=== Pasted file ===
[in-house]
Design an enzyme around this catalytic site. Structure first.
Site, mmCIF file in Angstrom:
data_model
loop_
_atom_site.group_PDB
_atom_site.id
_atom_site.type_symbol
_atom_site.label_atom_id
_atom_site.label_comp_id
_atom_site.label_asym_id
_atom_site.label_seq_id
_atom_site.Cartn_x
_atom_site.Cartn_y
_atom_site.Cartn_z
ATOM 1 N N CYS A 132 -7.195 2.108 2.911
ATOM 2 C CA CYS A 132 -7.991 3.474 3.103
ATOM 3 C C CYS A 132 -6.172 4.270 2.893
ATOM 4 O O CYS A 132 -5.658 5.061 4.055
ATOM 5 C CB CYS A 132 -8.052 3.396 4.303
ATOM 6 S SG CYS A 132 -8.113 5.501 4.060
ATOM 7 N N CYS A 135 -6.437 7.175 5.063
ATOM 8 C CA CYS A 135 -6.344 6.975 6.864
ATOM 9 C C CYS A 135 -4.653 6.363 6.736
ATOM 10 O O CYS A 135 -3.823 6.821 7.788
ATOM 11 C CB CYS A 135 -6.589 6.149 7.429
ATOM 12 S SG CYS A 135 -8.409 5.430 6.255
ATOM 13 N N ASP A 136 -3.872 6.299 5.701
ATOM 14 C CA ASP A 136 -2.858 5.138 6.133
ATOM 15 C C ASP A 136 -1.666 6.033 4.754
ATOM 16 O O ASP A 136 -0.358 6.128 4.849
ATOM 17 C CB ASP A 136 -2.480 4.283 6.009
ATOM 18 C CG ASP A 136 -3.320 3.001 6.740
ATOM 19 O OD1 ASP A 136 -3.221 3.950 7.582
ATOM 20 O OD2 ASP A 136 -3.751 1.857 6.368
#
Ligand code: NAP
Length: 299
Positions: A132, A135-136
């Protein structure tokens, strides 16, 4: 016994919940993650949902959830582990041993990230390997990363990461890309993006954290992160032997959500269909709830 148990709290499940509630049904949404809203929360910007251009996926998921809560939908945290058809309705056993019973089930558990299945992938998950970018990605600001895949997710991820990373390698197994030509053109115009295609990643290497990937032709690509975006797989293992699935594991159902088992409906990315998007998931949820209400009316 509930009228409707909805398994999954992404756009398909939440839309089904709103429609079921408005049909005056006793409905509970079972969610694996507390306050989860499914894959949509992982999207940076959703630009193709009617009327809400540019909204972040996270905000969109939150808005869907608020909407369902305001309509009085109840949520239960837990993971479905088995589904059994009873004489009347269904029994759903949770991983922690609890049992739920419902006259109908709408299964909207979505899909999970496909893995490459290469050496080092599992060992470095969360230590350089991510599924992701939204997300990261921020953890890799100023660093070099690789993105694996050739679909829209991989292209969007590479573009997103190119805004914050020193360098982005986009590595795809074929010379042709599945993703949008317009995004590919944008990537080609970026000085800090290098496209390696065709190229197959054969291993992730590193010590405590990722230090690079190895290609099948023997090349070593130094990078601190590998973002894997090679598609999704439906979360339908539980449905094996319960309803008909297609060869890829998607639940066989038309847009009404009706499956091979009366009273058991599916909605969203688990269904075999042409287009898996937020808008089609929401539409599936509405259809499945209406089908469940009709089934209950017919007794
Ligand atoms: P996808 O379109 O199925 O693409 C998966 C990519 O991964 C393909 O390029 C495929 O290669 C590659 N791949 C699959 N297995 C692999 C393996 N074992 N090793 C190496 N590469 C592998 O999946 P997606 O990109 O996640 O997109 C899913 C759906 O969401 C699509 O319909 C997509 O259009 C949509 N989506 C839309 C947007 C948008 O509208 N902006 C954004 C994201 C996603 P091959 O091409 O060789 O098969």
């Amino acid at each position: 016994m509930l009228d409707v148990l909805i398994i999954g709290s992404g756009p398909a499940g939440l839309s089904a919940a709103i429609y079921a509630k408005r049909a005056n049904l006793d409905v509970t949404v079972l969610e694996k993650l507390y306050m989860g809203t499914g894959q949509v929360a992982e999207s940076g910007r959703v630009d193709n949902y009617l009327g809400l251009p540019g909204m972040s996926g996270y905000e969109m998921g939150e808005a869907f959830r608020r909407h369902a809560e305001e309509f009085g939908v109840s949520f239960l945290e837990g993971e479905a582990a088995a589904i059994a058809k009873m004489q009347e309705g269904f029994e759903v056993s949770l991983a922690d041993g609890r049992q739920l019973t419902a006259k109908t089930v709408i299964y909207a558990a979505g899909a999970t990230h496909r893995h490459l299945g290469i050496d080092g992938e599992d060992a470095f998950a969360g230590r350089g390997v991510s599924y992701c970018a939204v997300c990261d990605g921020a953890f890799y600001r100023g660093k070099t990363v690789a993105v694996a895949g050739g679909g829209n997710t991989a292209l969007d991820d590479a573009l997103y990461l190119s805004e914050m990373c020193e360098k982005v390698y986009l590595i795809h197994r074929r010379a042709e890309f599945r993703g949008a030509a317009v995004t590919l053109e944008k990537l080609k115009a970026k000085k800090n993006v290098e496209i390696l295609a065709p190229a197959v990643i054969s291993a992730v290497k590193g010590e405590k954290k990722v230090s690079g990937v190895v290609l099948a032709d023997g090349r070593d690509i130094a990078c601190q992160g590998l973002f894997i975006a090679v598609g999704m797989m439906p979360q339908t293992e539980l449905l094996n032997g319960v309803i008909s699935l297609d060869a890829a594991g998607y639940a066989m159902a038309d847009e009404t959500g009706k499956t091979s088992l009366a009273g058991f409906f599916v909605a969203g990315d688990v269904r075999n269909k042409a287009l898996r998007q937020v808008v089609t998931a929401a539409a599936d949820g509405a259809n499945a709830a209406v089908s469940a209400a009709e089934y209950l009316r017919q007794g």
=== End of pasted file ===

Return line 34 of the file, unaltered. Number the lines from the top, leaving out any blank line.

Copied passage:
ATOM 19 O OD1 ASP A 136 -3.221 3.950 7.582